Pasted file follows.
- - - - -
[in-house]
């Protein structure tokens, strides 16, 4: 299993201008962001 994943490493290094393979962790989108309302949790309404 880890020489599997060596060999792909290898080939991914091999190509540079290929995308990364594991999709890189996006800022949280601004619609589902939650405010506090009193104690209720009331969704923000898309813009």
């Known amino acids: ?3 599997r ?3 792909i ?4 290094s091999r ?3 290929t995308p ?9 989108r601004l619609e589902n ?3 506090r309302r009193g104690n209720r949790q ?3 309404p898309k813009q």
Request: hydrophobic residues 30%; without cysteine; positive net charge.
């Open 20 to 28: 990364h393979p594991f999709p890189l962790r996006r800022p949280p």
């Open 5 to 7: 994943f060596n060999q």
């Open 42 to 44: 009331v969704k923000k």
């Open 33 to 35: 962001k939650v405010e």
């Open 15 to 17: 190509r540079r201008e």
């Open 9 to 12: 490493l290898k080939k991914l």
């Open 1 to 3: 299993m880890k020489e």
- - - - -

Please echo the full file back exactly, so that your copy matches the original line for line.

[in-house]
């Protein structure tokens, strides 16, 4: 299993201008962001 994943490493290094393979962790989108309302949790309404 880890020489599997060596060999792909290898080939991914091999190509540079290929995308990364594991999709890189996006800022949280601004619609589902939650405010506090009193104690209720009331969704923000898309813009």
């Known amino acids: ?3 599997r ?3 792909i ?4 290094s091999r ?3 290929t995308p ?9 989108r601004l619609e589902n ?3 506090r309302r009193g104690n209720r949790q ?3 309404p898309k813009q």
Request: hydrophobic residues 30%; without cysteine; positive net charge.
């Open 20 to 28: 990364h393979p594991f999709p890189l962790r996006r800022p949280p």
């Open 5 to 7: 994943f060596n060999q």
């Open 42 to 44: 009331v969704k923000k």
């Open 33 to 35: 962001k939650v405010e």
């Open 15 to 17: 190509r540079r201008e």
């Open 9 to 12: 490493l290898k080939k991914l």
């Open 1 to 3: 299993m880890k020489e």